April 29, 2013

Rainy Days and Mondays and DIN Sync


Are things so boring that I must resort to talking about the weather? Well, actually I've always thought that weather was an interesting topic, and I think it increasingly with age (there is also an outside influence). Anyway, It got me thinking about how weather can effect one's mood. Usually on dreary, rainy days like today my mood reflects the weather, but I guess I'm just so content with the world right now that it hasn't. Also, I'm currently re-reading The Elements of Style (the second edition with the lovely introduction by E. B. White) because, as you've probably noticed, I have rather poor grammar and virtually no writing style. In the book the author talks about how we must always assume that the reader is in some sort of peril and it is the job of the writer to pull him out of it. So, in that regard I believe I've failed you, reader, with my last two posts. 

I, of all people, know how easily one's mood can shift; with my pitiful emotions always so close to the surface.  All it takes is something as common as a toothache or a broken heart and suddenly the world comes crashing down again. When that happens, the trick is to always be as productive as you can. Write a list of all the things you're going to accomplish in your day and then do them! I know when you're on the wrong side of joyfulness that all the songs you try to write sound awful and all the pictures you try to draw don't come out right. But keep trying! Something is bound to happen. And if nothing else, you can take some comfort in knowing that you didn't let your gloom get the best of you. 



What do I have on the books today? Some experiments involving my Garfield Electronics Mini Doc controlling my Roland CSQ-600 sequencer. After a little research last night I'm wondering if the mysterious "CSQ Sync" is just Sync24. If this is the case it could solve all my problems (or at least one of my problems). 

April 24, 2013

Oh, Virginia!


I must be getting old; I've really been enjoying my mornings. Today it was with Virginia Astley. She's the only new (well, new to me) artist that I've fallen in love with in the past five years. She really does exactly what she wants, doesn't she? How inspiring! It would seem such a simple concept to make music that sounds just as one thinks it should. Why are we so inhibited? I'm listening to her album 'Had I the Heavens'. It was hard for me to get past the perfection of 'Hope in a Darkened Heart', but I'm starting to think 'Heavens' is some of her best work. It's a little more understated than '...Darkened Heart'. And while I do miss Ryuichi Sakamoto's production, it's also nice to hear Virginia more in her own world.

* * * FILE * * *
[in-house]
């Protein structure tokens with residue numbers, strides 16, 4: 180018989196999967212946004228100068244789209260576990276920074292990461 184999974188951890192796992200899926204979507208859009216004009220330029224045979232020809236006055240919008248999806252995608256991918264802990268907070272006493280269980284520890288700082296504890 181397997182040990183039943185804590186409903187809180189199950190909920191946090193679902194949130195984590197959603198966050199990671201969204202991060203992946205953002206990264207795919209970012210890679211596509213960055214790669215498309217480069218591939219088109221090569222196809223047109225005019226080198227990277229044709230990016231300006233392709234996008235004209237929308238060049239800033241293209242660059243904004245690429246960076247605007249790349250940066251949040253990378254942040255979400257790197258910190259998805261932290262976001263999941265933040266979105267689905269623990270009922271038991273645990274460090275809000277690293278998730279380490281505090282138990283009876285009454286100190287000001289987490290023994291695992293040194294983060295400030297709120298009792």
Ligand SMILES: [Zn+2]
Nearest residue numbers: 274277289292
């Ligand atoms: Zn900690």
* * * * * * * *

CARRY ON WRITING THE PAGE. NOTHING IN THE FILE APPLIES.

I've been hoping the cold weather would last, it's my favorite time of year. But it's hard not to enjoy the drops of golden sun today. I've got all the windows open and can hear a lawn mower off in the distance. It's so nice not living so deep in the city anymore. When I was a kid I used to think it would be strange to live so close to a cemetery. Now that I do, I rather enjoy it. It's very peaceful... especially with a hot cup of chai tea with honey and fresh ground cinnamon. Too much information, I'm sure.

Anyway, the point is: I love Virginia Astley. I think she's perfect in every way. And I'm glad that I'm me and I'm glad that you're you. We're all exactly who we're meant to be. The more we can accept that fact about ourselves and others the more we can live harmonious, happy, simple lives. We do have the heavens!


April 23, 2013

A Brisk Morning with Dance House Children




I woke up much earlier than usual today. It was still somewhat dark out as I made my way to work and it was cold too; maybe the last cold day we'll get. Surely the last day I'd be needing my big coat with the hood that zips up to cover half my face. While deciding what music to listen to on my walk I came across Dance House Children's 'Jesus' album. It's such a wonderful and somewhat jarring way to start one's day. The first song, 'Once Upon Your Lips', is mild enough for early morning listening but then we launch straight into the most intense song on the record: 'The Locket Maker'. It is so ridicules that a song with that title would sound the way it does. I was reminded of when I was a kid and discovered this music. It had tricked me into thinking that I loved electronic music --which of course I do, but I mean real electronic music with those pounding, four-on-the-floor kick drums, machine-gun-snare rolls and all sorts of needlessly harsh sounds.